Bulletin Edition July 2020

“Therefore brethren, give diligence to make your calling and election sure; for if you do these things, you shall never fall.” –2 Peter 1:10


Have you any testimony to your effectual calling? Has grace indeed laid hold of your heart? O that you might know more fully—more powerfully—what a blessed hope of eternal life is laid up in the bosom of this heavenly calling, that it might cheer and encourage you to press on more and more to realize all that is given you in Christ, both for here and hereafter, in present grace and in future glory! In knowing what is the hope of their effectual calling, the saints of God learn that this hope embraces all things which are made theirs in Christ, whether life or death, or things present or things to come, that all are theirs; and for this blessed and all-sufficient reason, that they are Christ’s and Christ is God’s. It is by making sure our calling that we make sure our election—for the one is the sure evidence of the other; and thus, if doubt and uncertainty hang over our calling, the same doubt and uncertainty must rest upon our election to eternal life. But as these doubts and fears are removed by the spirit of wisdom and revelation in the knowledge of Christ, and we can clearly see and fully believe that the grace of God effectually called us out of darkness into his marvelous light, then we see by faith what is laid up in the bosom of this calling, and what a glorious hope of eternal life is thereby afforded as an anchor of the soul, both sure and steadfast, and thus abound in hope through the power of the Holy Spirit.


John MacDuff

“This is the resting place, let the weary rest; and this is the place of repose”—

“What is more, I consider everything a loss compared to the surpassing greatness of knowing Christ Jesus my Lord, for whose sake I have lost all things. I consider them rubbish, that I may gain Christ.” Philippians 3:8

The “loss of all things” bringing with it rest—tranquility! This seems a contradiction in terms. Worldly loss generally, and as an almost necessary consequence, leads to unrest, unquiet, trouble. Yet in Paul’s case it was sublimely true—the surrender of former grounds and subjects for exultation and boasting led him to the truest, to the only stable rest. We are reminded of another of his seeming paradoxes: “Having nothing, yet possessing all things.”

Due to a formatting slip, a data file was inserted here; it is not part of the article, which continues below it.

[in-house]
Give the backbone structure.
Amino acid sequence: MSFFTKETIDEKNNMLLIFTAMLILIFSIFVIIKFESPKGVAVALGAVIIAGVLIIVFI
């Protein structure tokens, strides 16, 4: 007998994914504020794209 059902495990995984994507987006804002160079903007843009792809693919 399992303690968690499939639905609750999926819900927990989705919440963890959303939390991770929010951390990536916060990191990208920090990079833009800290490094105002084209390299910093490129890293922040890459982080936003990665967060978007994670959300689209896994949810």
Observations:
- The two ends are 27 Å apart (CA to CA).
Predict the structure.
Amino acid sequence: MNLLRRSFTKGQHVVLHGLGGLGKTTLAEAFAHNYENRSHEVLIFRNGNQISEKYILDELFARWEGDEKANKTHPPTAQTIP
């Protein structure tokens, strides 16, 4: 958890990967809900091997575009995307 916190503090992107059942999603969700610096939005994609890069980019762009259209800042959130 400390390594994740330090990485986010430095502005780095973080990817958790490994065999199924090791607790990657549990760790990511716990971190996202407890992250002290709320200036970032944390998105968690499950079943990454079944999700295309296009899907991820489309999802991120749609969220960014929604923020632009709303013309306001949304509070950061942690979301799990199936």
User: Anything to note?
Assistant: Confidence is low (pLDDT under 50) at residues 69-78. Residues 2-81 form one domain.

We may readily believe, indeed, that it would be no small effort for him to discard what he once so fondly loved and prized, and to which he so proudly clung. Sad to go to that gallery of pleasant pictures which he himself had hung in the chambers of his soul, and with his own hand to wrench one by one from its place—to tear sculpture by sculpture from niche and pedestal, and to write upon these walls, so lately gleaming with fancied righteousness, “All loss for Christ!”

In the words of the entire passage, he has undoubtedly reference to that wild night in the Adriatic Sea, to which in former pages we have incidentally referred, when pursuing his voyage to Rome in the Alexandrian ship. The tempest was threatening; the safety of the ship seemed to demand a lightening of the cargo. But that precious corn! must it be sacrificed for the safety of the vessel? It was “gain;” but must it come to be counted as “loss,” and tossed overboard? Yes, the tempest decides the question. It must be consigned to the waves, otherwise the vessel will sink. There is no room for debate; the crew make up their minds to “suffer the loss of all.” No, more, when the tempest howls with greater fury, and danger and death stare them full in the face, they go a step further. The “loss” is never thought of. They do not now pause in uncertainty and indecision, saying, ‘Cannot we save these precious barrels of merchandise?’ Imminent danger makes them glad to plunge them into the roaring sea. When the question is between the loss of the wheat, and the loss of the ship, there can be no hesitation. They account them as absolutely worthless—of no value. They are glad to see them pitching against one another in the dark abyss. They look upon them now, not as gain or treasure, but as having proved an absolute hindrance, endangering their safety.

And this was the process in Paul’s mind. First, there was a clinging to all these birthright gains and self-righteous confidences. He was unwilling to part with them. Secondly, he underwent the “loss,” but it was accompanied with “suffering.” It was an intense effort for him to renounce that which he had once so fondly treasured and trusted in. But the third stage of feeling was when he was brought to say, ‘I hate them all! they are as rubbish—they are worthless: they are endangering the vessel’s safety; they are endangering my soul’s interest; let them go, every one of them! They were once “gain to me;” once I endured “suffering” at the thought of losing them; but now, heave them into the raging sea. I count them as refuse, sweepings, husks, that I may win Christ, and be found in Him.’

Is this our case? Can we, as voyagers on the sea of life, make such a declaration, that all in which we once trusted and gloried, as a ground of justification in the sight of God, we toss overboard, in order that the giant deed of Christ’s doing and dying may stand out alone in solitary grandeur? “Not having my own righteousness, which is of the law, but that which is through the faith of Christ, the righteousness which is of God by faith.”